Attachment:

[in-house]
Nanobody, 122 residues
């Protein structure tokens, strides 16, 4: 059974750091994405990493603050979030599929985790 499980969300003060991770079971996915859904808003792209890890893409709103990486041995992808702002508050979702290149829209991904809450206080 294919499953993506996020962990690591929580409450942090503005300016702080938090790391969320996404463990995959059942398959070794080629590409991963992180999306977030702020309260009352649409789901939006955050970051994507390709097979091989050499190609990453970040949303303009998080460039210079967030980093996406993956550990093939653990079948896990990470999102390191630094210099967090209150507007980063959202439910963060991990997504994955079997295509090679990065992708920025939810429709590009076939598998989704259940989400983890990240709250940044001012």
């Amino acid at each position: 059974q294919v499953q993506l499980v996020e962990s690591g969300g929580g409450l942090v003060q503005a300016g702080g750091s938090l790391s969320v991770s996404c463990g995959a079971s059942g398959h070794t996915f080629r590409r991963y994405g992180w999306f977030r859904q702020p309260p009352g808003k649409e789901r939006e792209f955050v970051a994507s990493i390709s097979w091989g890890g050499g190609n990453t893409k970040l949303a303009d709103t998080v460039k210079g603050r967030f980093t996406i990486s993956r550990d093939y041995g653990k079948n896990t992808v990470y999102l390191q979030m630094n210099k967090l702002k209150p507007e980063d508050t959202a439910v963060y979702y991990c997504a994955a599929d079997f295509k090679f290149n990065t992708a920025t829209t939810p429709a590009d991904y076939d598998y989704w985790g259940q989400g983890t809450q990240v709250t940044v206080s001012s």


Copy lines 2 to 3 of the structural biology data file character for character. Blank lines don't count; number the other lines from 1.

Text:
Nanobody, 122 residues
């Protein structure tokens, strides 16, 4: 059974750091994405990493603050979030599929985790 499980969300003060991770079971996915859904808003792209890890893409709103990486041995992808702002508050979702290149829209991904809450206080 294919499953993506996020962990690591929580409450942090503005300016702080938090790391969320996404463990995959059942398959070794080629590409991963992180999306977030702020309260009352649409789901939006955050970051994507390709097979091989050499190609990453970040949303303009998080460039210079967030980093996406993956550990093939653990079948896990990470999102390191630094210099967090209150507007980063959202439910963060991990997504994955079997295509090679990065992708920025939810429709590009076939598998989704259940989400983890990240709250940044001012």